Talking 21st Century Statecraft
Image Credit: PopTech

Talking 21st Century Statecraft

 
 

Between WikiLeaks, the Arab world uprisings and spearheading the use of technology in disaster relief from Pakistan to Haiti, Alec Ross — US Secretary of State Hillary Clinton’s star advisor on technology — has also set out to change the way diplomacy works. And the man who’s been given the nickname ‘The Pitbull’ is certainly making an impact. Writer Thom Woodroofe caught up with him recently to talk about his work, particularly in the Asia-Pacific.

 

Your full title is Senior Advisor on Innovation to the Secretary of State. What does that actually mean?

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What it means is that it’s my job to figure out how we can harness technology in service of our diplomatic and development goals, and figure out how we can take non-traditional approaches to solving seemingly intractable foreign policy challenges.

You’ve called your boss the godmother of 21st century statecraft. What do you mean?

Well it’s interesting. When Hillary Clinton became the Secretary of State, one of the first things she recognised was that our statecraft was no longer bound by vast distances or by national borders. So what she said we had to do was account for the rise of non-state based threats and the disruptions caused by the increasing ubiquity and power of our communications network; and to do so, we’ve built an agenda around that, which we call ‘21st Century Statecraft’.

How do you feel this synchronizes with what other foreign services around the world are doing, particularly in the Asia-Pacific? Where do you draw your lessons from?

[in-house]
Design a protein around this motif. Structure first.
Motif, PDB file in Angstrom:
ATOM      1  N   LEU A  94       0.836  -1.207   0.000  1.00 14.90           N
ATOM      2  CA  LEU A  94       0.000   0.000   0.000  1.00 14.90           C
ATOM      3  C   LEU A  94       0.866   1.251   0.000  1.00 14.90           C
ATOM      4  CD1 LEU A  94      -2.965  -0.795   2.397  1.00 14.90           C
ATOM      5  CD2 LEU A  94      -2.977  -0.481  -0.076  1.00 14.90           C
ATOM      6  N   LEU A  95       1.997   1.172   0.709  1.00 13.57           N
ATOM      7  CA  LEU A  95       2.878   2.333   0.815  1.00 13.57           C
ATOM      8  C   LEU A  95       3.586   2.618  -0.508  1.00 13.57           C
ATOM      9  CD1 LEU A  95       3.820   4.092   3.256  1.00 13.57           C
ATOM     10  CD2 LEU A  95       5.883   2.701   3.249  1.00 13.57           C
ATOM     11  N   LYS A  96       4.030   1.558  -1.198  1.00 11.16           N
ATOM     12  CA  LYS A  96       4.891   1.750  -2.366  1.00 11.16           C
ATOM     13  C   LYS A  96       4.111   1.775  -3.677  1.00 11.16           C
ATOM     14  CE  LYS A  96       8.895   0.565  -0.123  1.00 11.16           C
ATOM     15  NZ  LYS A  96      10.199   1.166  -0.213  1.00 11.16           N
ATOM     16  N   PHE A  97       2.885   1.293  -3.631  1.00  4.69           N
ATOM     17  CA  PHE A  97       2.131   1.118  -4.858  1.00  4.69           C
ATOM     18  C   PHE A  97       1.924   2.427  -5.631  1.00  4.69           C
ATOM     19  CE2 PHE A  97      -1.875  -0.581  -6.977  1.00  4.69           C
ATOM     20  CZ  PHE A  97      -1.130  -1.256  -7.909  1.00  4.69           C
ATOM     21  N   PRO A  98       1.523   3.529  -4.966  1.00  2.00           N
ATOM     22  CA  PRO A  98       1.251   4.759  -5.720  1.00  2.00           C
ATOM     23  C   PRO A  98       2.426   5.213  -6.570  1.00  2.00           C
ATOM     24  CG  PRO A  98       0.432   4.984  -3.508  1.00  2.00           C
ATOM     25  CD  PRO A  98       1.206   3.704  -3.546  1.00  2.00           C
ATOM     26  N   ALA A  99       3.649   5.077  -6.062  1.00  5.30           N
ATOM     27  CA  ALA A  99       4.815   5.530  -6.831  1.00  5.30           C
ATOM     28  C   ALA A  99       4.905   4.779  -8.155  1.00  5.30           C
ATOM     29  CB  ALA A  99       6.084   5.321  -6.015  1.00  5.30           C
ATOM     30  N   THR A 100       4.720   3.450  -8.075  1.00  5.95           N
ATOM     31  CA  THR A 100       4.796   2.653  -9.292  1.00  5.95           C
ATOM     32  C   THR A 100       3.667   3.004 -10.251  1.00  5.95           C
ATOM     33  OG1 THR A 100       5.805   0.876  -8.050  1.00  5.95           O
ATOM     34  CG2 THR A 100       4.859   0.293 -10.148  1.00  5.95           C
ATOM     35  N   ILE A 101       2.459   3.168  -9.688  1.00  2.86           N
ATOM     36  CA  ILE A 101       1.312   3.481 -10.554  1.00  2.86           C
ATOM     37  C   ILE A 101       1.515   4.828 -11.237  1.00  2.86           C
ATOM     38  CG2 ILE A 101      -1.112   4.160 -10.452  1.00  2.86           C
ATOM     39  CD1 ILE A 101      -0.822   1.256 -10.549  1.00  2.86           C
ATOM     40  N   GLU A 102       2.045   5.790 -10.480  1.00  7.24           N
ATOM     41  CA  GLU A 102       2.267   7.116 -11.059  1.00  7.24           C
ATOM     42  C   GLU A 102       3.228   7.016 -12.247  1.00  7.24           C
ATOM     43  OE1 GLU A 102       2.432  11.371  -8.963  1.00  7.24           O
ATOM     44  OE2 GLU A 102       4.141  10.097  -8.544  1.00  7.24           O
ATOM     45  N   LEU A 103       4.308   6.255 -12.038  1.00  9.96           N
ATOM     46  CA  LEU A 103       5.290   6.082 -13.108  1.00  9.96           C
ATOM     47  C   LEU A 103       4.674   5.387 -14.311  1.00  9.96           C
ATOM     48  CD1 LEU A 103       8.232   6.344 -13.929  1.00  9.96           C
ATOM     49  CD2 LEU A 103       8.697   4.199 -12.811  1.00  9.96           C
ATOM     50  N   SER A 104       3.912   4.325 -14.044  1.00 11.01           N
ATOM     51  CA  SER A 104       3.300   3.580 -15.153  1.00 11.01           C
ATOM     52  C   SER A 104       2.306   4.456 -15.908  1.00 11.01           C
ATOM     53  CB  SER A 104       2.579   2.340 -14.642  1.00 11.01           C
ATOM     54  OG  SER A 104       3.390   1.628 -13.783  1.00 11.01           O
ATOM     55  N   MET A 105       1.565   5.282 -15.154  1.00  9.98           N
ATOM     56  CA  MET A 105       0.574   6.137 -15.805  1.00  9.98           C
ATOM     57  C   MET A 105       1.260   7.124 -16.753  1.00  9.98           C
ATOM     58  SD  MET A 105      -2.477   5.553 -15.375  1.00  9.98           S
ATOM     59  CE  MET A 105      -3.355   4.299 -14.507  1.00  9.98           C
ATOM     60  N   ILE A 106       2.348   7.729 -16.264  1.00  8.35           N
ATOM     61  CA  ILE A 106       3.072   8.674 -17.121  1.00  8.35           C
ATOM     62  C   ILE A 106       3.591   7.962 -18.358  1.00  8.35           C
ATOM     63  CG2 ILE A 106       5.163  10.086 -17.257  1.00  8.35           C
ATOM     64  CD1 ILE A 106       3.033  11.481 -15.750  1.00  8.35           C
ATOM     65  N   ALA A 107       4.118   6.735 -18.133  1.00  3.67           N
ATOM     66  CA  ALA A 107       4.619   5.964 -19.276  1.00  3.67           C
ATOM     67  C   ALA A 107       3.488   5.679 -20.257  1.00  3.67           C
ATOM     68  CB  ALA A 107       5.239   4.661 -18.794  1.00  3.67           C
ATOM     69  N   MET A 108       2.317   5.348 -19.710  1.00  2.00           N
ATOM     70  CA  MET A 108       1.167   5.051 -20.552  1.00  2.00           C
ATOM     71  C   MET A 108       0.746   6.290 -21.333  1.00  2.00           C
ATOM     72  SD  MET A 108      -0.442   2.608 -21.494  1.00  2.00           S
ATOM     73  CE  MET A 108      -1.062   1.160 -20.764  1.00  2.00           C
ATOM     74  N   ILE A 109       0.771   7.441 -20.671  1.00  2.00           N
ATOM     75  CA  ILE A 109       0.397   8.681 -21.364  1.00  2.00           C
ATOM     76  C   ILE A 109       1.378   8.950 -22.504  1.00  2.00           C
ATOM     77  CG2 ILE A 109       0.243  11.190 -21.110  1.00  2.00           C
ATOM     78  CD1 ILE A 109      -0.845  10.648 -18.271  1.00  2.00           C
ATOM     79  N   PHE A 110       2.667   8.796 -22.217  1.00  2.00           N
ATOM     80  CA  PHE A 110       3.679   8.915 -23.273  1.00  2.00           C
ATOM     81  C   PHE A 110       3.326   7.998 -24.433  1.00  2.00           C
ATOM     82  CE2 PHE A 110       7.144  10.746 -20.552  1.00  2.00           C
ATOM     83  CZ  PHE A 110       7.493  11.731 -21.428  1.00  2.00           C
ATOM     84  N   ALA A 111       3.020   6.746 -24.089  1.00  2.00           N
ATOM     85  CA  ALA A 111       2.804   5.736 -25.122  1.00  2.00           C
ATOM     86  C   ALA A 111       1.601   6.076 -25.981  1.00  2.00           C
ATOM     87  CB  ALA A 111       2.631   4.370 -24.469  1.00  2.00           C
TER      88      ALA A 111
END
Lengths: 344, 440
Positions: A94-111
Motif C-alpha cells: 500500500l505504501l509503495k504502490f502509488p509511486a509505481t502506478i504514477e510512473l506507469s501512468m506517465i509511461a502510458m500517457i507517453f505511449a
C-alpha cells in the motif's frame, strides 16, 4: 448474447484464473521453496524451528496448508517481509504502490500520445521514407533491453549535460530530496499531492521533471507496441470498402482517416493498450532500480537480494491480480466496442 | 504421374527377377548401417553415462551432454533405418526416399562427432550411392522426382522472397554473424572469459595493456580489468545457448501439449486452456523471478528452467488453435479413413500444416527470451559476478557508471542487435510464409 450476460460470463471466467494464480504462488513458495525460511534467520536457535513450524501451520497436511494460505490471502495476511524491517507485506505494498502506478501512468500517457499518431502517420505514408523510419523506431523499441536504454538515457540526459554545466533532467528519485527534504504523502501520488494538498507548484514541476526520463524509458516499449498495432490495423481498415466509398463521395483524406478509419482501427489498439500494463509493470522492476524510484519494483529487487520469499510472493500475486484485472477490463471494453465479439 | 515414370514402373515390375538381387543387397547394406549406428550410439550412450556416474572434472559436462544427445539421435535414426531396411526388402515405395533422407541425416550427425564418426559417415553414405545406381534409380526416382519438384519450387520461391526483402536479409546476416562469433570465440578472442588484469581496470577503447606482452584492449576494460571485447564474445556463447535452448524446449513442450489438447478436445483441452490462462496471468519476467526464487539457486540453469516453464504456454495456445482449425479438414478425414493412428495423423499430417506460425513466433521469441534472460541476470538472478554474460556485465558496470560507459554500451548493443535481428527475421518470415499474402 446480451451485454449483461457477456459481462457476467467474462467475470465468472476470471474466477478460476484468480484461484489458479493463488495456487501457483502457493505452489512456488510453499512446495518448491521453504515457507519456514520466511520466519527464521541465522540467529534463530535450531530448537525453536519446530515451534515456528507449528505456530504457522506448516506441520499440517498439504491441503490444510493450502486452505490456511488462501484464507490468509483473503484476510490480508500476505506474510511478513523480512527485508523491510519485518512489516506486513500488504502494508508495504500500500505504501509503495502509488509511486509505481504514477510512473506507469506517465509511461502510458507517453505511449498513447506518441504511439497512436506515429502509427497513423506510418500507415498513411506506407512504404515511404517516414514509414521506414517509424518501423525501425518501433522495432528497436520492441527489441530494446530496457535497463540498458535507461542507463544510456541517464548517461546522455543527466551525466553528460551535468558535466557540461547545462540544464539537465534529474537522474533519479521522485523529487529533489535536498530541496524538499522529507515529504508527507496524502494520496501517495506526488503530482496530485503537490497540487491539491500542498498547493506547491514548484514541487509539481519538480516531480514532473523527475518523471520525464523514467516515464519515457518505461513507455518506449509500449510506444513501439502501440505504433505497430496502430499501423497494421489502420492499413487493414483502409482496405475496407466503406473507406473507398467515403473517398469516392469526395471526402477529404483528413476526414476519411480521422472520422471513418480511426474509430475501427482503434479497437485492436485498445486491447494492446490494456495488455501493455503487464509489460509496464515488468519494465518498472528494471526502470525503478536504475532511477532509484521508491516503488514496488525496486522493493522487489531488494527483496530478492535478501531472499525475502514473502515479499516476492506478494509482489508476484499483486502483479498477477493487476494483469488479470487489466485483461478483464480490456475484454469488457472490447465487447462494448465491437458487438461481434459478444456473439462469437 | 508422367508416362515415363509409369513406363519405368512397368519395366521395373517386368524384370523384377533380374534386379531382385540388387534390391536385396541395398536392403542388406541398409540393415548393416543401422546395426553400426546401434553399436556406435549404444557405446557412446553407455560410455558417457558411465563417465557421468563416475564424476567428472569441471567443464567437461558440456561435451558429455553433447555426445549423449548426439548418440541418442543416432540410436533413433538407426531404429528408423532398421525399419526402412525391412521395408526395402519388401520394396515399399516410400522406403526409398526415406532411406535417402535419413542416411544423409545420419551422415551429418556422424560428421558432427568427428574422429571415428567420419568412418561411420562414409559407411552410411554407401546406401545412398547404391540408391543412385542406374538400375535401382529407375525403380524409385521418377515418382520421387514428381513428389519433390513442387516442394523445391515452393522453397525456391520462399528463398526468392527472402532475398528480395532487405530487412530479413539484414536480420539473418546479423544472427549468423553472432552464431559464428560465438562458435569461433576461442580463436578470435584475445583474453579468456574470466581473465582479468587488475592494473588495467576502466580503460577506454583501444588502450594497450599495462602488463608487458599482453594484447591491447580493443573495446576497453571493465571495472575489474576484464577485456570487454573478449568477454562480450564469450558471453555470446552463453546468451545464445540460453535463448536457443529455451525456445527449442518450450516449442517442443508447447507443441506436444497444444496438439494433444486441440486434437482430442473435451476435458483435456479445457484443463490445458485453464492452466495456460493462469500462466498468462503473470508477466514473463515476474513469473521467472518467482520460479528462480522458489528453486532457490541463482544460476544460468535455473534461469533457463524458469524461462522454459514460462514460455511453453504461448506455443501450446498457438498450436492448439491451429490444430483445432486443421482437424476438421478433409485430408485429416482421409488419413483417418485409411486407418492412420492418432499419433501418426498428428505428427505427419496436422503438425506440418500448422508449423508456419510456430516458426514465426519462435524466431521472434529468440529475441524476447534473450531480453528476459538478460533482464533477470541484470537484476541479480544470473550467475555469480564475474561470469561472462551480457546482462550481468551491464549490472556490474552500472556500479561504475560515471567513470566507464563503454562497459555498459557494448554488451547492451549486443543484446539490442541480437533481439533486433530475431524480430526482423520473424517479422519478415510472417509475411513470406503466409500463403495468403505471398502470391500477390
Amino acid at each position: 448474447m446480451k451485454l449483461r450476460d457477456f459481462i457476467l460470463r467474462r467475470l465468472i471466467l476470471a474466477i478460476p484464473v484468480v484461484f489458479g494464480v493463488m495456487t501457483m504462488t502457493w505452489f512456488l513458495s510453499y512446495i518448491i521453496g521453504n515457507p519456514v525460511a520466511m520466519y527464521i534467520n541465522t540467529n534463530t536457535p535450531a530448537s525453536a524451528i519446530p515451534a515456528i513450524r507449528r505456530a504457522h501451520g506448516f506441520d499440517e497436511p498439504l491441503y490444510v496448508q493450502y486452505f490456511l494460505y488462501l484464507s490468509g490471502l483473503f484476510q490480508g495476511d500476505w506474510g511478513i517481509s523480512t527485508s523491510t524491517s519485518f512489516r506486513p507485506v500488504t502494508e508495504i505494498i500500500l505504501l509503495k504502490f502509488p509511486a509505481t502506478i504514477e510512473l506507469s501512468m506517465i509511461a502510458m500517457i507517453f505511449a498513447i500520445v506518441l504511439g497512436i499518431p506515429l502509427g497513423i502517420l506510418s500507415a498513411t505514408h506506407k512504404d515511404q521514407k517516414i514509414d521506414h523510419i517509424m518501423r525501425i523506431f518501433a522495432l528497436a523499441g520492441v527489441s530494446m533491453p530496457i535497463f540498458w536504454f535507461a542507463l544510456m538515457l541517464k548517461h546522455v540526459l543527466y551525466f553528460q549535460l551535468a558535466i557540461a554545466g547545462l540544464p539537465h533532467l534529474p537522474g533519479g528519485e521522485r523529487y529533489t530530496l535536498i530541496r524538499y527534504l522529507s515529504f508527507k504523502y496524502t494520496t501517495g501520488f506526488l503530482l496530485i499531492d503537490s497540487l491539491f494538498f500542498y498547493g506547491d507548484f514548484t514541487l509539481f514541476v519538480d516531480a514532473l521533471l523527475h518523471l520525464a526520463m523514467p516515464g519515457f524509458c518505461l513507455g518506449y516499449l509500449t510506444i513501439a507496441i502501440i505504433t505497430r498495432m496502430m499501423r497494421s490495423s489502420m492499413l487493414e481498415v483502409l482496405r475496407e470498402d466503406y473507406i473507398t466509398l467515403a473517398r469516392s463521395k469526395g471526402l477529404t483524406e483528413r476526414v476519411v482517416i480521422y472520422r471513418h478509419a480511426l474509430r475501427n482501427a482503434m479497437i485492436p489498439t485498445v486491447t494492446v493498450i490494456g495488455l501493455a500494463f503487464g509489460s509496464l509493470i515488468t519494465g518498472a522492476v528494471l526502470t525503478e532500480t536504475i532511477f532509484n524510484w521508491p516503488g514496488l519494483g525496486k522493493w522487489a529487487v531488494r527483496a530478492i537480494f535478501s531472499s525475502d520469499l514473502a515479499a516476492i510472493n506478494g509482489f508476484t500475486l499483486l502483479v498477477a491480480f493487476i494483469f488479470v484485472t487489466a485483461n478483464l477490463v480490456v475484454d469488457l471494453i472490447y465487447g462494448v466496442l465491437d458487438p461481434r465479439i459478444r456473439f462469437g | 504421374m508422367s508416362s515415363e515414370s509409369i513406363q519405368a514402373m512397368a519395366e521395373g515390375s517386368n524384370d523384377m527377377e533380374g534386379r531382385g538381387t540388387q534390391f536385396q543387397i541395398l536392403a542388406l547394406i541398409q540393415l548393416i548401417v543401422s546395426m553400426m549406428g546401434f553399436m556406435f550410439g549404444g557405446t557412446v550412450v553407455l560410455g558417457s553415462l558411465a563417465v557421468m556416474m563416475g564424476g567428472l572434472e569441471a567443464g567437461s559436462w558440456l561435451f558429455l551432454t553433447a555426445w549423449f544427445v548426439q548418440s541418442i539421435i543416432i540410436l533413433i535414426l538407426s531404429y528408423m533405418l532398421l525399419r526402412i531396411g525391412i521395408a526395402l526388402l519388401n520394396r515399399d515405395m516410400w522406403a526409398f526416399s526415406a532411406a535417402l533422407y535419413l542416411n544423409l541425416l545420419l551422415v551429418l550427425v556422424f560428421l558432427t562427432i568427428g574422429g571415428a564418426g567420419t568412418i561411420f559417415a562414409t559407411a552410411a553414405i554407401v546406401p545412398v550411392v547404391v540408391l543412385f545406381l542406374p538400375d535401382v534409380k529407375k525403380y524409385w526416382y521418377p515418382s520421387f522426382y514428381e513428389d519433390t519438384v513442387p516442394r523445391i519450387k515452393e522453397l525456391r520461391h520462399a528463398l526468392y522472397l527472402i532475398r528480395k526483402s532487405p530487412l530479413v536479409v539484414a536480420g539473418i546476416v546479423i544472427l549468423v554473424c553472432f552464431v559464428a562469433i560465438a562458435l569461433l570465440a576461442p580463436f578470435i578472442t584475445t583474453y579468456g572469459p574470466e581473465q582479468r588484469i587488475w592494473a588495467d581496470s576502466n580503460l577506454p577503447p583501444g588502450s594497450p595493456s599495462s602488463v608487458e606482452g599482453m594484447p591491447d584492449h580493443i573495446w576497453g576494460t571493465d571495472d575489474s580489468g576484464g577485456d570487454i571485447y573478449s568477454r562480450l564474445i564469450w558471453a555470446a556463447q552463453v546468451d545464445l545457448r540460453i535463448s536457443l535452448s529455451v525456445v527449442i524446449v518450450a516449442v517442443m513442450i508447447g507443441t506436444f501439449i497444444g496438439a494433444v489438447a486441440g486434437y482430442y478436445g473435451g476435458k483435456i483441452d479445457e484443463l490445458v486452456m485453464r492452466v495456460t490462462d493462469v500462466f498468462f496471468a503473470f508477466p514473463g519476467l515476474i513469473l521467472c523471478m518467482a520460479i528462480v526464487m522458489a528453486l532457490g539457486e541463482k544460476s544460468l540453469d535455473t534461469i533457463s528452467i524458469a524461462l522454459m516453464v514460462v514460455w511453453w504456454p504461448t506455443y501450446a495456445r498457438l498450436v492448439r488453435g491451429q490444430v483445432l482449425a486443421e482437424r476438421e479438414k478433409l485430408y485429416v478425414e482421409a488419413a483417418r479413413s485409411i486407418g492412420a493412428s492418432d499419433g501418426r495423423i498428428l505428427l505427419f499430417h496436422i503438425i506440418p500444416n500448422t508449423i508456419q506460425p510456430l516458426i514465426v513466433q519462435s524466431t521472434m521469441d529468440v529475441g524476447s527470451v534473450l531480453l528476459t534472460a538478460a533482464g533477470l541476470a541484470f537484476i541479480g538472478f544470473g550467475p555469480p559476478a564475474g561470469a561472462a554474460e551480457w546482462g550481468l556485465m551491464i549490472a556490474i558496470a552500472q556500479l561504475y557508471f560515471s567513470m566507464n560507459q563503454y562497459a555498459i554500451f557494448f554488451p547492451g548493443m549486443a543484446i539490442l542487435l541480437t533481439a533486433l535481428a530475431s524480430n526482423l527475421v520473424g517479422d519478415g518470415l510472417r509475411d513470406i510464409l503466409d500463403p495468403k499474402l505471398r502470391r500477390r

Let me say this: ‘21st Century Statecraft’ complements traditional foreign policy tools with newly innovated and adapted instruments of statecraft that fully leverage the networks, technology and demographics of our interconnected world. So the key word there is complements. This isn’t being done at the exclusion of statecraft as traditionally practised. One thing that I’ve noticed is that other governments are increasingly taking note of the degree to which information networks disrupt our foreign policy networks for good or ill. And certain of them, for example the UK and Chile, are themselves now building programmes around this agenda.

At the time, you proclaimed that 2009 was the worst year for internet freedom. How did we see this in the Asia-Pacific region?

When Hillary Clinton made internet freedom a foreign policy priority of ours, what it did was it effectively froze the negative trend that was taking place around the world in which governments increasingly saw the internet as something that could be controlled and function for all intents and purposes like an ‘intranet’. We saw in the cases of Tunisia and Egypt, with governments taking draconian steps to infiltrate, manipulate and monitor the internet, and in the case of Egypt to shut it down entirely. That completely blew up in the faces of these countries. What I hope nations will learn from the examples of Tunisia and Egypt is that if one seeks to control these networks and people, as a consequence of that it might work over the short term, but not over the long term.

One of the best examples of the United States embracing e-diplomacy in the Asia-Pacific was in response to the Pakistan floods. Can you tell us what you did there?

Sure, I mean what we did in Pakistan, as well as in Haiti, was we wanted to get the American people involved directly to help respond to the tragedy that took place there. So first in Pakistan’s Swat Valley where there was extensive flooding, and later in Haiti where there was an earthquake, we built programmes where individual American citizens could use SMS to text message donations for relief efforts. In Pakistan, we learnt how the model worked technically, and in Haiti we built a campaign that went viral and raised $35 million for relief efforts in two weeks.

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